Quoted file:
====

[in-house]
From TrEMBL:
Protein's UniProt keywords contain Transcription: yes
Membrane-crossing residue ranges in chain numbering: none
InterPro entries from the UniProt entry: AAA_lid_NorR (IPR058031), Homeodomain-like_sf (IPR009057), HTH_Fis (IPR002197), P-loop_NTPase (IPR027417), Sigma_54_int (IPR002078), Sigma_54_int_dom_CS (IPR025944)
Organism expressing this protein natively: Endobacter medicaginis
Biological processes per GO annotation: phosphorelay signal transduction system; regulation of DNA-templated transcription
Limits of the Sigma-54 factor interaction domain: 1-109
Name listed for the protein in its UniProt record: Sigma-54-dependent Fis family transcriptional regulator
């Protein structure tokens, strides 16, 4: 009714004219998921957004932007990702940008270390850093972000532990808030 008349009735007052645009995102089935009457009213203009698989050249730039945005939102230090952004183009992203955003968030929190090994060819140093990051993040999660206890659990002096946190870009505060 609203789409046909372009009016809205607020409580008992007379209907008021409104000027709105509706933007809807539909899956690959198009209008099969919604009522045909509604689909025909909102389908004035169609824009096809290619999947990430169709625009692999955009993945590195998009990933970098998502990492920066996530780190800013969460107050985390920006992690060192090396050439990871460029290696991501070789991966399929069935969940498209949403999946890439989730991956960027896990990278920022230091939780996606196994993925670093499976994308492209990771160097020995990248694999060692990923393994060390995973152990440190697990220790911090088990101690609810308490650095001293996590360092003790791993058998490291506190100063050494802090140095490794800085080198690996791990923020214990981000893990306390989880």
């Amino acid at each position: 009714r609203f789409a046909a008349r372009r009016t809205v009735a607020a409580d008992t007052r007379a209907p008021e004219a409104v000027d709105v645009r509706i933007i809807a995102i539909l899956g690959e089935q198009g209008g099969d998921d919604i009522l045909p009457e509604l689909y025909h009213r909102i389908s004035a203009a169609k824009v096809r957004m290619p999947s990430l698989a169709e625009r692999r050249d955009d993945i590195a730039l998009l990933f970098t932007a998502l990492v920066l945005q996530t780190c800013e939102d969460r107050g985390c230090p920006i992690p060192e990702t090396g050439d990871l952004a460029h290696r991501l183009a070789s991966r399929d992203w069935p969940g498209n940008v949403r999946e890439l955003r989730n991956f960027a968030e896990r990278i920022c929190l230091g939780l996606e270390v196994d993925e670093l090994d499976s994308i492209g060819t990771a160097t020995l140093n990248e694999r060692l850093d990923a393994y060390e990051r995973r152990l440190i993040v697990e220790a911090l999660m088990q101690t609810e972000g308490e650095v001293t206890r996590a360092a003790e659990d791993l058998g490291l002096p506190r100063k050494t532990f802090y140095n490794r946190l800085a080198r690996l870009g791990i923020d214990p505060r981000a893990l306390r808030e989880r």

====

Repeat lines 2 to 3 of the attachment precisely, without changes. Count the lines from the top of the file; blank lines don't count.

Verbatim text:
From TrEMBL:
Protein's UniProt keywords contain Transcription: yes